Hotel Food to Stay For

Why ever leave your hotel when so many accommodations now offer a wonderful spread for their guests, like the freshly renovated Auden Bistro and Bar at the Ritz Carlton? Where once the bar and dining room of this classic hotel exuded old, musty money, the newly revamped space brings a clubhouse vibe and chef Mark Arnao’s modern-meets-traditional bistro cuisine. Hotel guests and diners can choose whether to look at the view over Sixth Avenue or at their plates of regionally sourced nibbles. Over at the bar, the team has carried over the regional bent and offers many local spirits and beers, all poured by bartender Norman Bukofzer.

Of course, Auden Bistro and Bar stepping up their game comes long after the boom of laidback, yet fine dining. Not too long ago, Reynards made waves by opening up in the Wythe Hotel in Williamsburg, Brooklyn. Yotel also entered the game with their fun FOUR at Yotel and Dohyo, which looks like it should be in a hip-hop video, which is just might. Oh, and Ace Hotel has the joy of hosting April Bloomfield’s babies, The Breslin and John Dory Oyster Bar.

Todd English spread his, ahem, seed to the Plaza Hotel a couple years ago with the Plaza Food Hall, which is more like a fancy food court that hosts guests as well as permanent residents like Tommy Hilfiger and family. Yes, I am told he is a regular.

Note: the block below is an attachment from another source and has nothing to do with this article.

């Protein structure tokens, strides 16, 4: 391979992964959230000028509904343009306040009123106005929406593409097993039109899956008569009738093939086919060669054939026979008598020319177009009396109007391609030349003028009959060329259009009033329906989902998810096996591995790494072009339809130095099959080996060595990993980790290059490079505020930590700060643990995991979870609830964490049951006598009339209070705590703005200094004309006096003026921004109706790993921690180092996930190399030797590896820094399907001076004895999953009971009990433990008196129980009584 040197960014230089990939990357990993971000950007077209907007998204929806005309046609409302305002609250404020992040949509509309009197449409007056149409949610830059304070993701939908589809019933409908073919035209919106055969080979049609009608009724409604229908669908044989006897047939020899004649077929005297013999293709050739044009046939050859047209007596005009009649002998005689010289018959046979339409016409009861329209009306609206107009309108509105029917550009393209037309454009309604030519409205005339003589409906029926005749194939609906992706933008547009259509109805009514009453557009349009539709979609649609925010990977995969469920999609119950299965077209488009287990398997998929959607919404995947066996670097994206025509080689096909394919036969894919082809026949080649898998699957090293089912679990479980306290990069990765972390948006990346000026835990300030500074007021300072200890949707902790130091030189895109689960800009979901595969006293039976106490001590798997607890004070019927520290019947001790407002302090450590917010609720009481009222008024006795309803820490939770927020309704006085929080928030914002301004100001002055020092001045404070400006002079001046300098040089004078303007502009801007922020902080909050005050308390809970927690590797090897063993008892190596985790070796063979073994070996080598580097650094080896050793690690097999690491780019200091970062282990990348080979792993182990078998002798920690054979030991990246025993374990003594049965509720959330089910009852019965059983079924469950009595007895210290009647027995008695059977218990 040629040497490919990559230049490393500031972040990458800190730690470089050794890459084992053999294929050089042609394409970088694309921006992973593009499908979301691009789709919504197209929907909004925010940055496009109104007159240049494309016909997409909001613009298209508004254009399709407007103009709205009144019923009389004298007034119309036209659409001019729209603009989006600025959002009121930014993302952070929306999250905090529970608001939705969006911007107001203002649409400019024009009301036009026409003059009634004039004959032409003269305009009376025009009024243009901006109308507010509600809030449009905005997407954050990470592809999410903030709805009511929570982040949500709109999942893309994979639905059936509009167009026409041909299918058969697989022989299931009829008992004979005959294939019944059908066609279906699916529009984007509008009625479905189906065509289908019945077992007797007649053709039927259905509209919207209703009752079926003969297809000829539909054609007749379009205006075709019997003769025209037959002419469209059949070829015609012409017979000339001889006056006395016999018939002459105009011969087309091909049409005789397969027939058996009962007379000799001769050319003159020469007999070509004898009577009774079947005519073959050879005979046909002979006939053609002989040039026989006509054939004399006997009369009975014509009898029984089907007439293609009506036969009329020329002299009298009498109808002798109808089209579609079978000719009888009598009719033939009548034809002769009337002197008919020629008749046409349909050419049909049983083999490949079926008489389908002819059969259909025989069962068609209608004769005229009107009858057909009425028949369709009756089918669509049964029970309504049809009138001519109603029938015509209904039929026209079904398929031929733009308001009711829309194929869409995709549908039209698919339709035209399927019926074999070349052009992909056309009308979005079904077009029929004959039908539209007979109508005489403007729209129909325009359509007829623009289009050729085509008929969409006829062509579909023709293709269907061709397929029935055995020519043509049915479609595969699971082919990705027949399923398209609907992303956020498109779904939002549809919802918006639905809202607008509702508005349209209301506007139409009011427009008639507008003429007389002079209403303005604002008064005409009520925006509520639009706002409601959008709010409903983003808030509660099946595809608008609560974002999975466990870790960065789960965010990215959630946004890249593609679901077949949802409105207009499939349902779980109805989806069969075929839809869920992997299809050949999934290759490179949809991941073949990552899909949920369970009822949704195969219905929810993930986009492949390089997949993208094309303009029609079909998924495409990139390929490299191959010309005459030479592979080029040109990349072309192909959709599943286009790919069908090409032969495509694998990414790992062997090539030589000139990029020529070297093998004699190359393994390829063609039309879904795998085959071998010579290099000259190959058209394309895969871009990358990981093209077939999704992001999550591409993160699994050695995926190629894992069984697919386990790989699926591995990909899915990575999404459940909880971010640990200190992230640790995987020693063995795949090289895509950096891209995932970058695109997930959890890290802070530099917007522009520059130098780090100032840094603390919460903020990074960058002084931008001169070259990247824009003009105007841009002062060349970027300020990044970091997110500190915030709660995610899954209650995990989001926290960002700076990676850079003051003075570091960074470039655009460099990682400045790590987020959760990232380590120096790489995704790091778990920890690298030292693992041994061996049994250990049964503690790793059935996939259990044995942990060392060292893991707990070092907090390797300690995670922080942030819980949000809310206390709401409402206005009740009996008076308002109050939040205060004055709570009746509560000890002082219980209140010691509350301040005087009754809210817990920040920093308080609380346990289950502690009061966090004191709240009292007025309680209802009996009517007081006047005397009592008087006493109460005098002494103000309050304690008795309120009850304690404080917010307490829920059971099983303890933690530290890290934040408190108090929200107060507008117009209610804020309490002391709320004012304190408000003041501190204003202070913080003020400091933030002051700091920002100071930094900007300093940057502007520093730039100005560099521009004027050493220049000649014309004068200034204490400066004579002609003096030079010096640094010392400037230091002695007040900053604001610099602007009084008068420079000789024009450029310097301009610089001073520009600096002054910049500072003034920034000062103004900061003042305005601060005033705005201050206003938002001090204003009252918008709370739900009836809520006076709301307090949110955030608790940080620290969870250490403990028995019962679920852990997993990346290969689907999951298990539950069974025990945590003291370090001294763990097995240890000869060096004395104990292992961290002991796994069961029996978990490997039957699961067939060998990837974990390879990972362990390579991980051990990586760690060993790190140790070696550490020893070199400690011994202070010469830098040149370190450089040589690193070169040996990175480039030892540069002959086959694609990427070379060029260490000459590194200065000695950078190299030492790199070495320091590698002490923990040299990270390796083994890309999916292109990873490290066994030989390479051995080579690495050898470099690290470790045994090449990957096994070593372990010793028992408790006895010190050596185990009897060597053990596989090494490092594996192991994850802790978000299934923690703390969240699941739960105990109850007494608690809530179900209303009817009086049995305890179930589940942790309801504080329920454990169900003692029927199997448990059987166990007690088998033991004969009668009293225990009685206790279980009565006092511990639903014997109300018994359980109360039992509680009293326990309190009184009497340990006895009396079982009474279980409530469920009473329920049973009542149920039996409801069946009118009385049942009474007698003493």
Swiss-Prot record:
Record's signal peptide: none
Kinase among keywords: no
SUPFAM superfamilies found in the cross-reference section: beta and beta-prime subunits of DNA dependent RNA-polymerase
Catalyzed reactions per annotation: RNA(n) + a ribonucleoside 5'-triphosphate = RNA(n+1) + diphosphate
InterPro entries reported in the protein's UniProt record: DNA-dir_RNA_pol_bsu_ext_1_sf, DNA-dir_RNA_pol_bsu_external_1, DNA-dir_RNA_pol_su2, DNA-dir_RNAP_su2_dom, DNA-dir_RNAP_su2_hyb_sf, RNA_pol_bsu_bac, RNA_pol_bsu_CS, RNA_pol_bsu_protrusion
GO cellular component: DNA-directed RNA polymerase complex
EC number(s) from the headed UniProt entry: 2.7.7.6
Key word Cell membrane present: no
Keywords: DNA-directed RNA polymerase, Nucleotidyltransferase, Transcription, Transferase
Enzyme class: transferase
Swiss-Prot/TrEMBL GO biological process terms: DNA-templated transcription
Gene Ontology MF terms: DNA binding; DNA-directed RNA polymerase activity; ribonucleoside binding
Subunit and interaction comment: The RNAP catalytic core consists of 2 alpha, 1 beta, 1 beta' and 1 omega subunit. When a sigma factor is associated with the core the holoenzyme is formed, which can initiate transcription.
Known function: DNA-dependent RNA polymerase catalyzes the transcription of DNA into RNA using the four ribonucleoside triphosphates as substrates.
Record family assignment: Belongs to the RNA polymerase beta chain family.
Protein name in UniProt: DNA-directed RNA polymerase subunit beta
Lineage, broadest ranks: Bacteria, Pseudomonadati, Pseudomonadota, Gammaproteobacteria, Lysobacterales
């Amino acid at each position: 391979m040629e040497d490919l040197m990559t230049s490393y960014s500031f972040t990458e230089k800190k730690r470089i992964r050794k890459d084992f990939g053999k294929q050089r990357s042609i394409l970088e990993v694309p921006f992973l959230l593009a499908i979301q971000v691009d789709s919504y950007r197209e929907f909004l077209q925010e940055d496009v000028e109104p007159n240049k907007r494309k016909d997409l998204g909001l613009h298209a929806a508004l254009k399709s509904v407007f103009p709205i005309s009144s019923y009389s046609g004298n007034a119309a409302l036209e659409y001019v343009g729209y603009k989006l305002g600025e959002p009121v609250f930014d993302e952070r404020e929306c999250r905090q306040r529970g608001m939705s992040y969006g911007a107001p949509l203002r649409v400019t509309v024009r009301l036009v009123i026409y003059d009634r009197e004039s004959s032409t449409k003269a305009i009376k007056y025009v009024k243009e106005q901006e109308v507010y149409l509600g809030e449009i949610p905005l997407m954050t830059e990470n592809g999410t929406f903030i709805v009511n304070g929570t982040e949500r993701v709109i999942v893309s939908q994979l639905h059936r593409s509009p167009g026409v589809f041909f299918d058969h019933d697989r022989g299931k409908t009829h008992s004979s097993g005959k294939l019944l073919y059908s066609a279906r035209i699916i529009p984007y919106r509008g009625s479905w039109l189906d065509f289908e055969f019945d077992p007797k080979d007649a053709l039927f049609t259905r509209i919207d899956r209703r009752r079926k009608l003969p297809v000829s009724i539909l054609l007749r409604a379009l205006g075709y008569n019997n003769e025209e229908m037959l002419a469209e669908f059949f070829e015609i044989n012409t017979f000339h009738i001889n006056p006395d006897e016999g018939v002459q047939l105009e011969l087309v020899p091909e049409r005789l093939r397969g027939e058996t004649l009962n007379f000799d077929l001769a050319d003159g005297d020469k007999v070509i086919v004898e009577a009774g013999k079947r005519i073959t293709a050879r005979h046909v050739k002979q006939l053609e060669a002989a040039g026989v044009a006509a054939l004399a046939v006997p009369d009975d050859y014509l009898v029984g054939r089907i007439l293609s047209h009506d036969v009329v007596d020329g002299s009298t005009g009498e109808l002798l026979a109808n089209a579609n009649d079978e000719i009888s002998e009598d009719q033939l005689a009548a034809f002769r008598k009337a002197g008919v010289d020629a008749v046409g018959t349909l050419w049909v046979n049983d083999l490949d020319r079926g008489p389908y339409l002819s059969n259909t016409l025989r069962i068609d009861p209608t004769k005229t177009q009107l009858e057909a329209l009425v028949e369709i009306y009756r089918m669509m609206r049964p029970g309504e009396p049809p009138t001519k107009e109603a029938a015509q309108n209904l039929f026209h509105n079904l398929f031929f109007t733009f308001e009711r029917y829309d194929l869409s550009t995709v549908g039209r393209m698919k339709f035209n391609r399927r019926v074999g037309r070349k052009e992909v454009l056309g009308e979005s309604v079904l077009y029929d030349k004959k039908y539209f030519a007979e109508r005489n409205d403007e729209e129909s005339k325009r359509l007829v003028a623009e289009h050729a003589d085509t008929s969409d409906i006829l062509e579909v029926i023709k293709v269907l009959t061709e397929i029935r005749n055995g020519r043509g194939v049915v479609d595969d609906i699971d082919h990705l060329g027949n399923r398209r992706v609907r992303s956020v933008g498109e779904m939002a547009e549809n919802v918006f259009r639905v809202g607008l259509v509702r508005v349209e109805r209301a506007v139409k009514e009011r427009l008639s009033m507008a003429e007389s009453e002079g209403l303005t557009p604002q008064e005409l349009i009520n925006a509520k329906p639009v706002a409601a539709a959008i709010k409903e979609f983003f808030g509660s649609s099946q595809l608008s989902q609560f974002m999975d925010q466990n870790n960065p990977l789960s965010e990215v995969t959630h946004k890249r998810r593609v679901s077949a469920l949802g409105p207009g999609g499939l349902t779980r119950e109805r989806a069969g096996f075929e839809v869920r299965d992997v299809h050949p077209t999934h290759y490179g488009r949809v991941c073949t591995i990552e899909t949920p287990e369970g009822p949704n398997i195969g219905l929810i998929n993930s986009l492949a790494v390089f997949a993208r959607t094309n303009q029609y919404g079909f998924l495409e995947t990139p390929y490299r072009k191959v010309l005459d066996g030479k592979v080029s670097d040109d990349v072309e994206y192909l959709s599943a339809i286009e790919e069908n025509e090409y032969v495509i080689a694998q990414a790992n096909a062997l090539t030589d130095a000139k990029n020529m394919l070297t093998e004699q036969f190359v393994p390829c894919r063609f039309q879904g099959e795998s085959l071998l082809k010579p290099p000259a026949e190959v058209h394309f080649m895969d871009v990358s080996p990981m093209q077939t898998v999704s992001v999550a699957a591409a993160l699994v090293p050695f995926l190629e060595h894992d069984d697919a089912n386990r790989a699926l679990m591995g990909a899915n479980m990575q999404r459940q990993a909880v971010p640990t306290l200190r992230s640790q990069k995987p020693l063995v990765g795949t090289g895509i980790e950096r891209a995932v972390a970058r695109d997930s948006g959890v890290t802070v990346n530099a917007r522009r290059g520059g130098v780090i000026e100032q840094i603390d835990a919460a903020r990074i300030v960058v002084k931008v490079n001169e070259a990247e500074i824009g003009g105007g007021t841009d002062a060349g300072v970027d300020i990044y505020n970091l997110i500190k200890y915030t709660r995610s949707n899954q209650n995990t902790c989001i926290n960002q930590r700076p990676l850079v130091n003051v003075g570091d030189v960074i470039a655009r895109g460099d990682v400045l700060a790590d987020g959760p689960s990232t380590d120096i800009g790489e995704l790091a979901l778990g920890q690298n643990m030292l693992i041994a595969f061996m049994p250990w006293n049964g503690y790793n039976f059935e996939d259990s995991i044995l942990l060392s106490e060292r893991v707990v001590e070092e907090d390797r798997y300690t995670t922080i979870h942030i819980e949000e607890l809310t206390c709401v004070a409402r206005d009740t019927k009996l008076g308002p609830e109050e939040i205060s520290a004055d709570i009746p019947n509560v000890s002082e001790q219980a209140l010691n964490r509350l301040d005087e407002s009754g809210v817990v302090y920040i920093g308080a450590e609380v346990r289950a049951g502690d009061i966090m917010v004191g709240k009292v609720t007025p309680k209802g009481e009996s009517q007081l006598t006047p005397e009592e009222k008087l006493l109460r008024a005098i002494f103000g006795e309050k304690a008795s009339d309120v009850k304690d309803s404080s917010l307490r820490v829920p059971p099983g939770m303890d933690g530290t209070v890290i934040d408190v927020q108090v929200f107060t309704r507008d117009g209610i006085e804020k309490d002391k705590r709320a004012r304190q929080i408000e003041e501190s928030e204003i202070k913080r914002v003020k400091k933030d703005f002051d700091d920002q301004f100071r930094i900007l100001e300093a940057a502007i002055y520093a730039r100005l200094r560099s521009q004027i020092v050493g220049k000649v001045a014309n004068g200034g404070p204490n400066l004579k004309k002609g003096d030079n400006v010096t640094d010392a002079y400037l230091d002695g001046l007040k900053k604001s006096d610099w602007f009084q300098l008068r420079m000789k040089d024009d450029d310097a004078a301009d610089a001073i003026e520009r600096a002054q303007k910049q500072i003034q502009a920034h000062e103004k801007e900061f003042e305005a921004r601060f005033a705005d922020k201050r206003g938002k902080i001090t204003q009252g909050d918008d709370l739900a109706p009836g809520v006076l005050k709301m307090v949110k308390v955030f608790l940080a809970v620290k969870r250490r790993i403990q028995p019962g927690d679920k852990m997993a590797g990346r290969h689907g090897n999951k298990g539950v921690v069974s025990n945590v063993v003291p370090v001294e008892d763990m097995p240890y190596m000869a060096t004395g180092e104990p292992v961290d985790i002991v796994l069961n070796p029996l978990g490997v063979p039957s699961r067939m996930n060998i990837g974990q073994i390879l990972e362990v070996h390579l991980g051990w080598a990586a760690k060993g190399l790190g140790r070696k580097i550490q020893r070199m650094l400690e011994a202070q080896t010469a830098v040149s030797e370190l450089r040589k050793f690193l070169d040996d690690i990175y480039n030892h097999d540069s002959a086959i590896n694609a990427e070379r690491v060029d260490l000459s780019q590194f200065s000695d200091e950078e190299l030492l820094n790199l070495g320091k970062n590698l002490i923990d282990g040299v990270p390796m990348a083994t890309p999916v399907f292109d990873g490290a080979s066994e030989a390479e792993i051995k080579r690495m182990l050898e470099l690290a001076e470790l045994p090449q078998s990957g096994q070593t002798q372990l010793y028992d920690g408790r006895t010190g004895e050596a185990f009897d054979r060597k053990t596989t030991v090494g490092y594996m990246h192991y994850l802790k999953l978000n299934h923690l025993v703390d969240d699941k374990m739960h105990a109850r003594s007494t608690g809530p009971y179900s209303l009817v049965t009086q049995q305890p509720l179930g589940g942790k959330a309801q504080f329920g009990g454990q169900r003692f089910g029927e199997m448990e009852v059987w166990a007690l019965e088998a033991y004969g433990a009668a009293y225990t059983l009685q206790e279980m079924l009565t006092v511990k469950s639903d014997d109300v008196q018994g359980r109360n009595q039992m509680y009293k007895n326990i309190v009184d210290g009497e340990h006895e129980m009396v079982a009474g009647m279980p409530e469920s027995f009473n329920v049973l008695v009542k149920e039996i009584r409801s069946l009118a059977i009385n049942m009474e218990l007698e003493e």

Lest us not forget the institutions that have made hotel dining a fine and glorious thing, such as Alain Ducasse’s Adour in the St. Regis, or the famous King Cole Bar next to it. The Trump Hotel also features a world-renowned chef’s self-titled eatery, Jean Georges. In fact, New York’s shift out French food and the start of fine dining featuring American cuisine began in The Four Seasons.

All of this sure beats the continental breakfast low budget travelers (like most of my friends and I) are faced with. True, nothing beats a good cup of cold orange juice from a machine or gooey, prepackaged cinnamon roll, but sometimes, it’s nice to have a little bit of bubbles added to it.  

The Best Meat Meccas in Chicago

One of the last scenes of The Jungle, Upton Sinclair’s 1908 masterpiece about Chicago’s meatpacking industry, takes place at a Socialist rally. Downtrodden and abused stockyard workers, many from Eastern Europe, all hopelessly exploited, froth in righteous anger as the orator chants, “Chicago will be ours! Chicago will be ours!”